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Sussex Hospices Trail Part 21: Balcombe to Horsham

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Sussex Hospices Trail Part 21: Balcombe to Horsham
Author: jsellars, Published: 16 Sep 2016 Walk Rating:star1 Sussex Hospices Trail Part 21: Balcombe to Horshamstar1 Sussex Hospices Trail Part 21: Balcombe to Horshamstar1 Sussex Hospices Trail Part 21: Balcombe to Horshamstar1 Sussex Hospices Trail Part 21: Balcombe to Horshamstar1 Sussex Hospices Trail Part 21: Balcombe to Horsham
West Sussex, Balcombe
Walk Type: Long distance path
Sussex Hospices Trail Part 21: Balcombe to Horsham
Length: 11 miles,  Difficulty: boot Sussex Hospices Trail Part 21: Balcombe to Horsham boot Sussex Hospices Trail Part 21: Balcombe to Horsham
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0002_sunny_intervals Sussex Hospices Trail Part 21: Balcombe to HorshamToday's weather
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An 11 mile linear walk from Balcombe rail station to Horsham rail station in West Sussex, forming the 21st stretch of the Sussex Hospices Trail. The route takes in the High Weald Landscape of the Sussex countryside and passes through a changing scenery of working farms, rolling fields and mature woodlands. You will also pass through Nymans ancient woodland, set in a designated Area of Outstanding Natural Beauty, with its magnificent Redwoods and clear lakes. The return leg can be completed with a 30-minute train journey which includes one change.

The hospices of Sussex are dedicated to providing specialist end-of-life care. Friends of Sussex Hospices has worked with partners and supporters to create the Sussex Hospice Trail, a 200-mile long-distance path to support and raise awareness of the twelve hospice care providers that serve the adults and children of Sussex.

The Weald is well known for its mud and after rain the trail can be heavy going in places. You will need to negotiate a number of stiles, kissing gates, narrow footbridges and short sections of steep steps through some of the woodlands. There are a few road crossings that need care and one section of very busy road at Handcross which has no pavement and needs extra care. The final stretch of the route takes you along the residential outskirts of Horsham. Dogs should have no problem on this walk but take care with them as there may be livestock grazing in the fields. Allow approximately 5 to 6 hours.

Toilets are available at the rail stations at each end and at Nymans where you will also find refreshments at the National Trust cafe. Picnic opportunities can be found at many of the locations on route.

The walk starts at Balcombe rail station car park and ends at Horsham rail station. The two stations are connected by a regular train service but you will need to make one change at Three Bridges station. If you are coming by car there are pay and display car parks at both stations. Approximate postcode for Balcombe rail station RH17 6JQ.

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Walk Sections

Start to Bury Wood
Start to Bury Wood

Start point: 51.0553 lat, -0.1371 long
End point: 51.0531 lat, -0.1531 long

From the road entrance of the station car park, take the clearly signed footpath to the right, away from the main road, heading down a number of steps and through a small copse to reach a stile. Cross over this stile into a small field, walking a short distance to a second stile. Cross this stile, down another short flight of steps to reach a country road. Turn left along the road and then almost immediately on your right you will see a fingerpost and a stile. Cross over the stile and climb steadily along the footpath to reach another stile which leads you into a second field. Walk along the left-hand edge of this second field towards a metal gate at the end, which leads you onto a quiet country road. At this point you will have some great views of the Sussex weald.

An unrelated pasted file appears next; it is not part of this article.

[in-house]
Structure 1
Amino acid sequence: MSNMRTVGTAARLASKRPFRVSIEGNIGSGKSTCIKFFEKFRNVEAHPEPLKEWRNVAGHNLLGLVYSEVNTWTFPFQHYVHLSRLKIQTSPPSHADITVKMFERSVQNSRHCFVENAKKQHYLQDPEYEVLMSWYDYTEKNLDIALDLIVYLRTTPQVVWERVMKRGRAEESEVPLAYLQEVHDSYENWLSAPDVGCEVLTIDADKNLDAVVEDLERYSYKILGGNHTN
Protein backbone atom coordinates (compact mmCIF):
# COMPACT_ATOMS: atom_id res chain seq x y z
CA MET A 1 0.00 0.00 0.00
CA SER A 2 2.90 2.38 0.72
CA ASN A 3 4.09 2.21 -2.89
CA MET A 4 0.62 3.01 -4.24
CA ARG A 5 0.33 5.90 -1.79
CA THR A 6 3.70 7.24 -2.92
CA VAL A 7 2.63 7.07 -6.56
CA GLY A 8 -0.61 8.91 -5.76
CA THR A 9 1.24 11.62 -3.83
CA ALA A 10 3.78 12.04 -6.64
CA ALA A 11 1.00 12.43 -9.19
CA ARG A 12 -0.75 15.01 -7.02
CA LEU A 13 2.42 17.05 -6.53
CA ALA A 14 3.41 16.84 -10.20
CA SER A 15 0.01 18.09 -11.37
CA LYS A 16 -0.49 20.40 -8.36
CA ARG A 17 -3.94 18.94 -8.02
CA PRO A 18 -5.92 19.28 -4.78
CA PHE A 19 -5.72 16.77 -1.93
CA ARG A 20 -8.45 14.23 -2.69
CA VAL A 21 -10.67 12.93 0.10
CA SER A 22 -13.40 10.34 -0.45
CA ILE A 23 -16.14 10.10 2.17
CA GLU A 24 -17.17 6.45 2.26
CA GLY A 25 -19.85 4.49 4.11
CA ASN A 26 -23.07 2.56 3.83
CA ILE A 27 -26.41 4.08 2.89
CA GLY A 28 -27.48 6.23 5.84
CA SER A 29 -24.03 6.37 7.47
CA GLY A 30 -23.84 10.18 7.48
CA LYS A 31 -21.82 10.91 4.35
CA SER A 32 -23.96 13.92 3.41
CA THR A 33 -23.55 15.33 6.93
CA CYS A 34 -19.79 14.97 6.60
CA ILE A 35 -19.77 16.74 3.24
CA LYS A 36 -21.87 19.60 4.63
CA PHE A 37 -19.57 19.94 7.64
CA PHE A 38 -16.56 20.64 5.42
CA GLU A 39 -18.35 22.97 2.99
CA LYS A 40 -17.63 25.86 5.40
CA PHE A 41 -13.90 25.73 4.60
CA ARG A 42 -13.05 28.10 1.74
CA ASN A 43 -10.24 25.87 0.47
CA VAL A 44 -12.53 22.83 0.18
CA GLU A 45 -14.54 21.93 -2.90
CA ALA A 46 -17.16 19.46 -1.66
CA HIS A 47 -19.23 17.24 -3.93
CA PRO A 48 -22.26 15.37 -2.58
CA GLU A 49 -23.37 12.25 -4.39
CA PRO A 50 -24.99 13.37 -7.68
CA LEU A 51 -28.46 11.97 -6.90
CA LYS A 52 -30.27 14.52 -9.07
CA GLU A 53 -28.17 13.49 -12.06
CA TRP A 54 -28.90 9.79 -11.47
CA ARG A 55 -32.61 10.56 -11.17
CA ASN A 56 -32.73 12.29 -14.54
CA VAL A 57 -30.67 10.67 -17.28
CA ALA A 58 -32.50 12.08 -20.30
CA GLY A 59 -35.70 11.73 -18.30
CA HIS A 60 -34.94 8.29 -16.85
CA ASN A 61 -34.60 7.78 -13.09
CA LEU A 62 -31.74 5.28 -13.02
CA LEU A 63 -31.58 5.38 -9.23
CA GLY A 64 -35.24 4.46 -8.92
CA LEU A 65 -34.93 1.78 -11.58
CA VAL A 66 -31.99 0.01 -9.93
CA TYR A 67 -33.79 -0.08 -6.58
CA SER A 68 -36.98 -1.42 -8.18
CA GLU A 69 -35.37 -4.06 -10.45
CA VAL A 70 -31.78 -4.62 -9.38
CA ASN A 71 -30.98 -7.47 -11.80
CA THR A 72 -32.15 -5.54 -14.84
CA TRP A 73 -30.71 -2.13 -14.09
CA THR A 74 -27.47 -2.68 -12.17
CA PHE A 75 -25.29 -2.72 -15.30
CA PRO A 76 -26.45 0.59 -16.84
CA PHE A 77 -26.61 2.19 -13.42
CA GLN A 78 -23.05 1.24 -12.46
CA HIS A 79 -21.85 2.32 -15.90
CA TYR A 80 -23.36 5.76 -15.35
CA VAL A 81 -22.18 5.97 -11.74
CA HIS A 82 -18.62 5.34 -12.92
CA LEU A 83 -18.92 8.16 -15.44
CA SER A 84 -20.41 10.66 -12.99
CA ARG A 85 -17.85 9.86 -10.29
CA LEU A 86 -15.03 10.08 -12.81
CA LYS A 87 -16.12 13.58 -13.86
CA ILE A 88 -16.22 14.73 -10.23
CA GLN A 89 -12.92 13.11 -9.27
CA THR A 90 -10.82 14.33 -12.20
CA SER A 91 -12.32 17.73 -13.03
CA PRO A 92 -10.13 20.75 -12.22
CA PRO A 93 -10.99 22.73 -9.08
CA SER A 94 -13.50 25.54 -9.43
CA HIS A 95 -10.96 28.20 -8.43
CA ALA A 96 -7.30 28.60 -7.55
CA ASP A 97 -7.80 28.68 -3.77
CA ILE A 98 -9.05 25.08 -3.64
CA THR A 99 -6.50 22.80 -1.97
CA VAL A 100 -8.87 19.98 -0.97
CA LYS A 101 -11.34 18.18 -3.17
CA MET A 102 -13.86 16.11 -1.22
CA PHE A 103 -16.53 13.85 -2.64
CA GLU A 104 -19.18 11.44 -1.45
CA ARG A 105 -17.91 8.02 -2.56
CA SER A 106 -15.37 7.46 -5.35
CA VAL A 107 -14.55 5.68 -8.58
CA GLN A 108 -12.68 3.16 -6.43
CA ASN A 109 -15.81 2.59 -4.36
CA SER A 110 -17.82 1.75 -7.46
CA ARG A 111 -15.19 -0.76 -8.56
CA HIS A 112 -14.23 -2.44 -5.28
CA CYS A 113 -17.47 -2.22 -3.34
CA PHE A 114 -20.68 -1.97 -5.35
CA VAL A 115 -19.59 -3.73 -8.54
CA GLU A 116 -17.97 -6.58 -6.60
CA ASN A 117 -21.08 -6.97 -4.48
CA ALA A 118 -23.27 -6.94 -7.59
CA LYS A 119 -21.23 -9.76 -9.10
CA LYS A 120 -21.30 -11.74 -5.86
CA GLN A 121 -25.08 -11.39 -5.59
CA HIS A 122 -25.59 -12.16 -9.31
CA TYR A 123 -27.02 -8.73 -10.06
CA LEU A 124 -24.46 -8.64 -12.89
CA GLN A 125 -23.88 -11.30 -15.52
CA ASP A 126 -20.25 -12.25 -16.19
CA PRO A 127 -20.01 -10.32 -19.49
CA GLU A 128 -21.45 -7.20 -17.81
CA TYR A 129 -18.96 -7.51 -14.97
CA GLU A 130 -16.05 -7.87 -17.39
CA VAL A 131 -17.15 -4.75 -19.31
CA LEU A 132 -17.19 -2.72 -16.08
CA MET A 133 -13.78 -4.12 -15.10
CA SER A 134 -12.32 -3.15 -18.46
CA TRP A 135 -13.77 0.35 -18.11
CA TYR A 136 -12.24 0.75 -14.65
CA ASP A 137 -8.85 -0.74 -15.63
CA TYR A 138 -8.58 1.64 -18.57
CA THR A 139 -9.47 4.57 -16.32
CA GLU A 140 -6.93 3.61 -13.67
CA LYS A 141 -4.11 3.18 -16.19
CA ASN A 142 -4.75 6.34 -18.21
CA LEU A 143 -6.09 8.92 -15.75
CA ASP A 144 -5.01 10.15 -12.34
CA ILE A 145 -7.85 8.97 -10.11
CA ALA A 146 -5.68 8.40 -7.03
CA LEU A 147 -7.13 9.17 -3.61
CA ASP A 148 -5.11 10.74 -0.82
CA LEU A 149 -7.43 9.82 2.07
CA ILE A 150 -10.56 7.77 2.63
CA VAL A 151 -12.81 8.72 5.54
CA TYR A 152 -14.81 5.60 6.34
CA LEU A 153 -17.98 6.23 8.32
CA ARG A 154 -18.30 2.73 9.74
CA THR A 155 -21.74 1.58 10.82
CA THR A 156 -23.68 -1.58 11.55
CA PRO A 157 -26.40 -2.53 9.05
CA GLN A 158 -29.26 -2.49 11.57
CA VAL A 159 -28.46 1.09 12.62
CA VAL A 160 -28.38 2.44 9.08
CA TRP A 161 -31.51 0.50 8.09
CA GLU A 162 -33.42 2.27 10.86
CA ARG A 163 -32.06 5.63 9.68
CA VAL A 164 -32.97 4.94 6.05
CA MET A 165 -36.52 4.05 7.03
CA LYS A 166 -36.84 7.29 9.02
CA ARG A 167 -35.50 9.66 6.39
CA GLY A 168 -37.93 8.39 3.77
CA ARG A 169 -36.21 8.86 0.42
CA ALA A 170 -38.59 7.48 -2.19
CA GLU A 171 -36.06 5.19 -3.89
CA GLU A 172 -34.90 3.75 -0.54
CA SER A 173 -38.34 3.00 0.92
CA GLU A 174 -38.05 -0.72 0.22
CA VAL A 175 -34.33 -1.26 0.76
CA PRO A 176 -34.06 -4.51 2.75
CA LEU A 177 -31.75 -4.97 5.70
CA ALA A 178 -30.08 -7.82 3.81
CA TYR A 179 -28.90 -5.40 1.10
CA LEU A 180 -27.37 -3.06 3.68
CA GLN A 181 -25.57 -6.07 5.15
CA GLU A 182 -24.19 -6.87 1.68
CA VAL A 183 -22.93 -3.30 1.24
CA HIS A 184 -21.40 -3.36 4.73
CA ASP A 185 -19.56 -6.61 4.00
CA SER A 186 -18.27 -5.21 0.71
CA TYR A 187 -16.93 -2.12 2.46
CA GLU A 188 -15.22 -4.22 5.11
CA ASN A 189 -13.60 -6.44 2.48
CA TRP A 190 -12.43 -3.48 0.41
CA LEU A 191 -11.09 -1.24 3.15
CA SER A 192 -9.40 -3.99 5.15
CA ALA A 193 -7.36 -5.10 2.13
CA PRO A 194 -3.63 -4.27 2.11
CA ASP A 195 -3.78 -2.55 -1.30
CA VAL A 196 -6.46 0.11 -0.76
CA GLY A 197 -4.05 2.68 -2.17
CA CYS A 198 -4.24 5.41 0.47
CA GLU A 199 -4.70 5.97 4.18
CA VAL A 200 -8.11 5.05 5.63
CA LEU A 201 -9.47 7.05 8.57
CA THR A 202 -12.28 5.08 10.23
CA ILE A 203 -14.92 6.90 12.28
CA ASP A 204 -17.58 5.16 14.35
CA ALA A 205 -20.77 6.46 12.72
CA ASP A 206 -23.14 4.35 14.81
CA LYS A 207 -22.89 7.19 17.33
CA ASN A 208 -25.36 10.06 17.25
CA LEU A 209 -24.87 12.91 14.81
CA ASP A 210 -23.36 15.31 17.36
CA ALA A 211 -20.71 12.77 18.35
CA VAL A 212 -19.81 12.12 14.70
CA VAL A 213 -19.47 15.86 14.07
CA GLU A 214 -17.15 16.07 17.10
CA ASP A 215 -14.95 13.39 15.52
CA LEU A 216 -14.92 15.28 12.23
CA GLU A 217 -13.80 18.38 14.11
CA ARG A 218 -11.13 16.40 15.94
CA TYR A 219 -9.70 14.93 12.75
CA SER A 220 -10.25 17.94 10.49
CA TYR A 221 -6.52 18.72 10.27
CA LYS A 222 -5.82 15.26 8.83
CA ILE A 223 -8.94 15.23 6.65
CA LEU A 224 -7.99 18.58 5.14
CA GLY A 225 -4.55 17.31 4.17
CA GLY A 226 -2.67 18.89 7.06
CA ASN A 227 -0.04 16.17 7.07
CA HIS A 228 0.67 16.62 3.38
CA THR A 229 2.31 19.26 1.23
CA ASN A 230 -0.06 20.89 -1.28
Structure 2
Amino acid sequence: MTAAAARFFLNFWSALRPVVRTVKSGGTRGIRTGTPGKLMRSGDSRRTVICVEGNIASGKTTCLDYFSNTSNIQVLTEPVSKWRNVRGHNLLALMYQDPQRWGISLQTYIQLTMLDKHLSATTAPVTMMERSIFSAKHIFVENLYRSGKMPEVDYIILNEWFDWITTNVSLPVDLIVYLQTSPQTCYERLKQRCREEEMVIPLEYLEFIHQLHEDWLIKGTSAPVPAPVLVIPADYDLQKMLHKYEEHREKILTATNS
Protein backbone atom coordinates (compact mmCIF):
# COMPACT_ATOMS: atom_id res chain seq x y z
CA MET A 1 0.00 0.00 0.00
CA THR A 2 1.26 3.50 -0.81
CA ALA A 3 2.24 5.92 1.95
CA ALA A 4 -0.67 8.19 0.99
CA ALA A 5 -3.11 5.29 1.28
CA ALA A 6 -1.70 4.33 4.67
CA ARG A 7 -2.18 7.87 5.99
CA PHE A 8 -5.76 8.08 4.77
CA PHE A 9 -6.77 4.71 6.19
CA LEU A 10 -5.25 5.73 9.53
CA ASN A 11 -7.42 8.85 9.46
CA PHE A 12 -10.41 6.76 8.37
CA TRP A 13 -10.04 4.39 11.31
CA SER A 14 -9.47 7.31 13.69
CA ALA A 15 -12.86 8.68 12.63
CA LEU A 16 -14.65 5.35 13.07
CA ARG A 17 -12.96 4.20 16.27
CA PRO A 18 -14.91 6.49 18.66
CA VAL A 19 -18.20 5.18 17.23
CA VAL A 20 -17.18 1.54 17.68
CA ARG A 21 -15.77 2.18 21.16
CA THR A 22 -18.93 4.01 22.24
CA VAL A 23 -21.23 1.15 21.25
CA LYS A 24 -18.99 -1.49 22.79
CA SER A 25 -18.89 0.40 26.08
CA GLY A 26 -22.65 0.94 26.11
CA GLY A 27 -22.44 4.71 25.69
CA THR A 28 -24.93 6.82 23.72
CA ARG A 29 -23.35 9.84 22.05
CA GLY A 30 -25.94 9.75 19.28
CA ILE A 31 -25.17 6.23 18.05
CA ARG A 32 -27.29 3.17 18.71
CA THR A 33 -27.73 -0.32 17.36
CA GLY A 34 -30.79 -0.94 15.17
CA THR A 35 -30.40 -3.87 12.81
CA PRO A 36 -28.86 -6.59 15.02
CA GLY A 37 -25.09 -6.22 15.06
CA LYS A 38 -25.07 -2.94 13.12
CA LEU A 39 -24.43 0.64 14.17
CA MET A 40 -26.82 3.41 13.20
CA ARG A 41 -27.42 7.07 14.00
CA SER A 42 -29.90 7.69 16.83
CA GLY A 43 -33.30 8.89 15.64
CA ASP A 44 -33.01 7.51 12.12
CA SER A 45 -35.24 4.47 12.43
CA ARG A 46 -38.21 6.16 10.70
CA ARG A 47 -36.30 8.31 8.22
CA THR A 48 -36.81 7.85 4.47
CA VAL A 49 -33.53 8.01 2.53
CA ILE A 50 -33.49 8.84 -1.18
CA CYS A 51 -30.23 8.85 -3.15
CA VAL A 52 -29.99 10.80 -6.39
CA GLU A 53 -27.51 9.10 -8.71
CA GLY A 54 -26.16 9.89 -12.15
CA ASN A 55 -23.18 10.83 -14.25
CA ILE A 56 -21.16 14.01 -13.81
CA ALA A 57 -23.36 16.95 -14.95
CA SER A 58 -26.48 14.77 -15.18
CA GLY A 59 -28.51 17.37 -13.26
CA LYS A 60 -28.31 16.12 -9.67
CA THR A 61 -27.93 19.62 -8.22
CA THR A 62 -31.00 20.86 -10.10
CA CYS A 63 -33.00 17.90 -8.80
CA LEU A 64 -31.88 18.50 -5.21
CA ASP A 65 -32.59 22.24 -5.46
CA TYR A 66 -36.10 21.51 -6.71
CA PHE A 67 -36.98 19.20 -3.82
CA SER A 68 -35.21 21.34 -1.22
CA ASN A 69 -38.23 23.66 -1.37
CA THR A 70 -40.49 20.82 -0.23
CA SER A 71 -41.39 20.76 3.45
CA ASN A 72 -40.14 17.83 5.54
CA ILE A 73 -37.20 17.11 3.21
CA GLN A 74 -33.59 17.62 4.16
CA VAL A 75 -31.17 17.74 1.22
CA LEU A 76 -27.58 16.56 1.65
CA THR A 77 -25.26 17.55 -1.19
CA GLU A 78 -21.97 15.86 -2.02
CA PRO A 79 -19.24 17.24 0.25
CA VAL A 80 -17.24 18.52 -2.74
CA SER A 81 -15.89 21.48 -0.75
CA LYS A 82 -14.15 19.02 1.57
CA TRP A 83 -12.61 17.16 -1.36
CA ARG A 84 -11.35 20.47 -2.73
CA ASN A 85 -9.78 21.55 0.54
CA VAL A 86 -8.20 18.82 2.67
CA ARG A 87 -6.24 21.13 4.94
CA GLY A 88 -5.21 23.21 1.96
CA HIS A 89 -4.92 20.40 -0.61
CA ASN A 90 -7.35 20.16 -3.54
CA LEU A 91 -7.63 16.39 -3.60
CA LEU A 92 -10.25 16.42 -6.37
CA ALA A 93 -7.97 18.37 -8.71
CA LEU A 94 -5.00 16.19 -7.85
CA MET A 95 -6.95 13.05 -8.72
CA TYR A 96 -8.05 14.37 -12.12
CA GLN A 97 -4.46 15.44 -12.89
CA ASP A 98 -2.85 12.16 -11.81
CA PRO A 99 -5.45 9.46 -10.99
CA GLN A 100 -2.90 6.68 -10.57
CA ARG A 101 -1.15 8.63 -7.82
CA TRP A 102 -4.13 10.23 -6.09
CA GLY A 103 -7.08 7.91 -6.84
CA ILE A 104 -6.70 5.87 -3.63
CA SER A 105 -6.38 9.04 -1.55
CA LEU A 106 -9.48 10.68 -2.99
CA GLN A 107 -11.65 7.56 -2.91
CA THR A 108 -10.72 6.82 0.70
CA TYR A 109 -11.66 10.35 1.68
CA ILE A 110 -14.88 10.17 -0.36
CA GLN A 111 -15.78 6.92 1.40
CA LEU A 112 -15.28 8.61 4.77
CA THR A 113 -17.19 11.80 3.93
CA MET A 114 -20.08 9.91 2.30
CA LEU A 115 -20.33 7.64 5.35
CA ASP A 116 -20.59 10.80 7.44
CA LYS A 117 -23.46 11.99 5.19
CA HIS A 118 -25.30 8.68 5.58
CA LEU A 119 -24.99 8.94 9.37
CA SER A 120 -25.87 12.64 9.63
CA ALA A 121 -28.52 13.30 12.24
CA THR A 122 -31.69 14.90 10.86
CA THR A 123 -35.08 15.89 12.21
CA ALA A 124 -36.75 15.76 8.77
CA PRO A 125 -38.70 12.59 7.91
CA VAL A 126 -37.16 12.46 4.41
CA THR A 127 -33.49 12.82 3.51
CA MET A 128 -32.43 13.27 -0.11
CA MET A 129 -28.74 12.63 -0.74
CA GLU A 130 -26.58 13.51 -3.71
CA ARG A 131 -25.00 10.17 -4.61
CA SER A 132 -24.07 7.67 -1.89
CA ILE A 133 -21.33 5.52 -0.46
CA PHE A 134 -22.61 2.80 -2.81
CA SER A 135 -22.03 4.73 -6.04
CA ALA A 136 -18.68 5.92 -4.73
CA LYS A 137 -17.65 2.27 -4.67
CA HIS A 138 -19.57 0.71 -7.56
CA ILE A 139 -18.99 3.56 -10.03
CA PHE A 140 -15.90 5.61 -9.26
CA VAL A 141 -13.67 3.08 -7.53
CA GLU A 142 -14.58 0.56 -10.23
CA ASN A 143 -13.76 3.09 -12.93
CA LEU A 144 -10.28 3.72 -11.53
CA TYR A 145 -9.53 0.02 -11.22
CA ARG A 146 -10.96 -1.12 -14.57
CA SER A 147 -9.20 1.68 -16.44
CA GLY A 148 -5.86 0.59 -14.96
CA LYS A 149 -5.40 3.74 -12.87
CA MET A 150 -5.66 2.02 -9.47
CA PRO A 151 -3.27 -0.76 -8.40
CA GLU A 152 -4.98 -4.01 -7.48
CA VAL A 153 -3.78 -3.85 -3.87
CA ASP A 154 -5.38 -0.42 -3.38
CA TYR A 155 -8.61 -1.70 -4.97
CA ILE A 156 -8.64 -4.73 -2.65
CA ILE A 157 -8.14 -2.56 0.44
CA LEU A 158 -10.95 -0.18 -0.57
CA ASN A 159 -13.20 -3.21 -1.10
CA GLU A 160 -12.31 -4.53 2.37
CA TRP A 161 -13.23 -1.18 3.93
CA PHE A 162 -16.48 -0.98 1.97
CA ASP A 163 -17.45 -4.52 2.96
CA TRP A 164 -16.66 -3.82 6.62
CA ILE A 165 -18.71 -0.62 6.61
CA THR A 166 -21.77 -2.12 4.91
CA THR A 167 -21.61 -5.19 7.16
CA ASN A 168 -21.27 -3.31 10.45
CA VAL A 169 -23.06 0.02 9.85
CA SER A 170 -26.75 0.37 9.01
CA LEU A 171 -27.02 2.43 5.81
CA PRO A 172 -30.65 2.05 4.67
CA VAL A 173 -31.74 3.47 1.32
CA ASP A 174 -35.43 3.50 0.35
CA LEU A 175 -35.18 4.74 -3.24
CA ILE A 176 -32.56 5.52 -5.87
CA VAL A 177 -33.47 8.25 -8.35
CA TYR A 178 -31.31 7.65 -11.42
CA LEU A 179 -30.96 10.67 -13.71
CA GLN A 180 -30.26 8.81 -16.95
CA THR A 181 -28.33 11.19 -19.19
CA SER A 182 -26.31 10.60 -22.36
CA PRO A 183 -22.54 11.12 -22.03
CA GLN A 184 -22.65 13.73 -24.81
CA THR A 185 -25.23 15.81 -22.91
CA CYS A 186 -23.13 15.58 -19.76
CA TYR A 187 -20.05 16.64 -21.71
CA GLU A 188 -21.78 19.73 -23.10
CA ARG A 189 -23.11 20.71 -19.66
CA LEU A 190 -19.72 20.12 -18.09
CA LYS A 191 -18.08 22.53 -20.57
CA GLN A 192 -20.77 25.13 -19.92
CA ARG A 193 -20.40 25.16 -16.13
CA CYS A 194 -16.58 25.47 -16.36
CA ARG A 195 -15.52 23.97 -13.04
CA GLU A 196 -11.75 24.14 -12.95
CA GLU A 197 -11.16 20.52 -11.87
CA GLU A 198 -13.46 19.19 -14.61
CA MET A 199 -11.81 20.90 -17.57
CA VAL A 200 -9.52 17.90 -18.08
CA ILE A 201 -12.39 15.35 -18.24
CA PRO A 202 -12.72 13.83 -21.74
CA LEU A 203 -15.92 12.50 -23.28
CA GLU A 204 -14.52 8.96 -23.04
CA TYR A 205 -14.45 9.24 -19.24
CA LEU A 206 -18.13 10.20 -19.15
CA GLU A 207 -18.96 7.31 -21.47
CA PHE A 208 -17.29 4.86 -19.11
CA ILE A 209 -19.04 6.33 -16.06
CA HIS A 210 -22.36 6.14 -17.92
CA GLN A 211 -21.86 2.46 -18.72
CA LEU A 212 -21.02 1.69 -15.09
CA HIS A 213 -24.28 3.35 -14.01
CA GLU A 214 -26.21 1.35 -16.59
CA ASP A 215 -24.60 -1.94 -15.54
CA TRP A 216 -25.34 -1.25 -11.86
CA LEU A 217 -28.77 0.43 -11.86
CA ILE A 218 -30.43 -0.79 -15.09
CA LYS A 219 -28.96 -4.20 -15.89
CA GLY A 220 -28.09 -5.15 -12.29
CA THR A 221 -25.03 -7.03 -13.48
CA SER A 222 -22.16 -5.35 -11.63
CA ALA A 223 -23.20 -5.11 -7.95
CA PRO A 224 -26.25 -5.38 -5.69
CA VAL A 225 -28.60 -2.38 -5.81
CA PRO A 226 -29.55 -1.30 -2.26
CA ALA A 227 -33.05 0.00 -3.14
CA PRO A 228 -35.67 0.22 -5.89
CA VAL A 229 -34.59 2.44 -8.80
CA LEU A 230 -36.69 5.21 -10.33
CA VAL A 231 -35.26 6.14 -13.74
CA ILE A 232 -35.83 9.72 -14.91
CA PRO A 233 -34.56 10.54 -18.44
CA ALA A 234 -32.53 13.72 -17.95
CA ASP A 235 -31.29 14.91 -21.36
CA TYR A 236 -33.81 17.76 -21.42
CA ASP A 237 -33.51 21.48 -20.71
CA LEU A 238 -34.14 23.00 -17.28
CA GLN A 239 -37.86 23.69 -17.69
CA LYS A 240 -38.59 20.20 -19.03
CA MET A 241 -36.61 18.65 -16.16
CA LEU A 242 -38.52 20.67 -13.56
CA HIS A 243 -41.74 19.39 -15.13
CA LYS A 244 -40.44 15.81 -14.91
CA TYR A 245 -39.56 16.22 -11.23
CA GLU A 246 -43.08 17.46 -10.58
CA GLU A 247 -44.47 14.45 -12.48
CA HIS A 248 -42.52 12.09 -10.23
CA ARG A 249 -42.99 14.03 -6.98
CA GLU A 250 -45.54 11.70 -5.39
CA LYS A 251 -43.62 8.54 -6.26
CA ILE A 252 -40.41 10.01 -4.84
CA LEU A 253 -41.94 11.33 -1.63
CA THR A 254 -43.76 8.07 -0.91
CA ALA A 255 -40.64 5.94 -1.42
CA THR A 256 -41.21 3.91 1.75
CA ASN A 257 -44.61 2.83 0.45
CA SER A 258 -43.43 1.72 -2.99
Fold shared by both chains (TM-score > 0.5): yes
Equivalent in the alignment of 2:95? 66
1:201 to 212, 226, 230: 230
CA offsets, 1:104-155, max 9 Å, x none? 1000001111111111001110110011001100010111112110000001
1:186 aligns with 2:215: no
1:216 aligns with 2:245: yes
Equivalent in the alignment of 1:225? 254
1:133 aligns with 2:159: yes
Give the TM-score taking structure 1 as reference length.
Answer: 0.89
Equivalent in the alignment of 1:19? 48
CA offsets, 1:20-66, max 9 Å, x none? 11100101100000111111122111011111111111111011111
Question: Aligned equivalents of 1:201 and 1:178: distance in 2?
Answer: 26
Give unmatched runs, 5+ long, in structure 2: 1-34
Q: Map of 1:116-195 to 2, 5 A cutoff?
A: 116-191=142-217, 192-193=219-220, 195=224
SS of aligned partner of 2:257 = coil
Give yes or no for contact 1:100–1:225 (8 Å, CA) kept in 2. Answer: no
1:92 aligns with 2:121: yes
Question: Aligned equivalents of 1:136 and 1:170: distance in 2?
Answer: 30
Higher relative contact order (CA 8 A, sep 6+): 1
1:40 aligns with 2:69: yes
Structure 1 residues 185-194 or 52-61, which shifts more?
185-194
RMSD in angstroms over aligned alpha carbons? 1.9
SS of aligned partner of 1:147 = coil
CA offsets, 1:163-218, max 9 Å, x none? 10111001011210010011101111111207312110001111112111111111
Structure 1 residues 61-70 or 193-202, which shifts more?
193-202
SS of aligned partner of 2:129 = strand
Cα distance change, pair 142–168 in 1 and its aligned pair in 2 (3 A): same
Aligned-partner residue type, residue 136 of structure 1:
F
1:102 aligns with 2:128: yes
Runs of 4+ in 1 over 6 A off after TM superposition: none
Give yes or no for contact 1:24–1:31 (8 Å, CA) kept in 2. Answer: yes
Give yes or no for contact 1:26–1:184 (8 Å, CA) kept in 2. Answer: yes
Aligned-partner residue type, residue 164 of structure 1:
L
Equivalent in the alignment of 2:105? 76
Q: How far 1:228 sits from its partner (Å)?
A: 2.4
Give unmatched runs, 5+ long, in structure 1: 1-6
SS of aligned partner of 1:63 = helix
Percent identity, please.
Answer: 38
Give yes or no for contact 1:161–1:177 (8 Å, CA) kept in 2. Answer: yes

Leave the field through the gate and turn right, heading a short distance up the road. At reaching the fork in the road, marked by a fingerpost, bear left and continue along this quiet road passing a small farm pond on your right and cottages either side of the road. The road at this point now becomes a farm track and will lead you through Westup Farm. Keep on this track passing through a small copse and over a stile at the end with views of open fields ahead.

Having crossed the stile, take the clearly marked right-hand footpath, and keeping the woodland edge on your right, follow the field path downhill. A stile at the field edge leads you into a second field. Keeping the fence line to your right, walk along this filed until you reach a stile at the entrance to a woodland.

Bury Wood to Nymans
Bury Wood to Nymans

Start point: 51.0531 lat, -0.1531 long
End point: 51.0485 lat, -0.175 long

Cross over the stile and follow along the marked footpath through Bury Wood, down a steep set of steps to reach a narrow footbridge over a stream. Cross over the steam and ascend another set of steps until you reach the woodland edge, bear left and follow the footpath to a country road. Cross the road onto a tarmac driveway with a cottage on your right and pillar gates straight ahead; this is the entrance to Ditton Place. Ditton Place is an impressive Grade II listed building. Built in 1904 by the firm of Cecil Brewer and Dunbar Smith in Neo William and Mary style. The client was A B Horne, the owner of Prudential Insurance, who used the house as a summer residence. The house has now been converted into apartments.

Follow the tarmac drive through the grounds of Ditton Place, bearing left as you reach the main house. Continue to follow the track until reaching a metal kissing gate. Pass through the gate, taking the left-hand footpath along the field edge until reaching another kissing gate. Pass through this gate and descend down through woodland, crossing over a narrow footbridge and then climb steadily up through the woodland until reaching the woodland edge. Bear left along the footpath and pass through a gap to the side of a metal gate and into a field.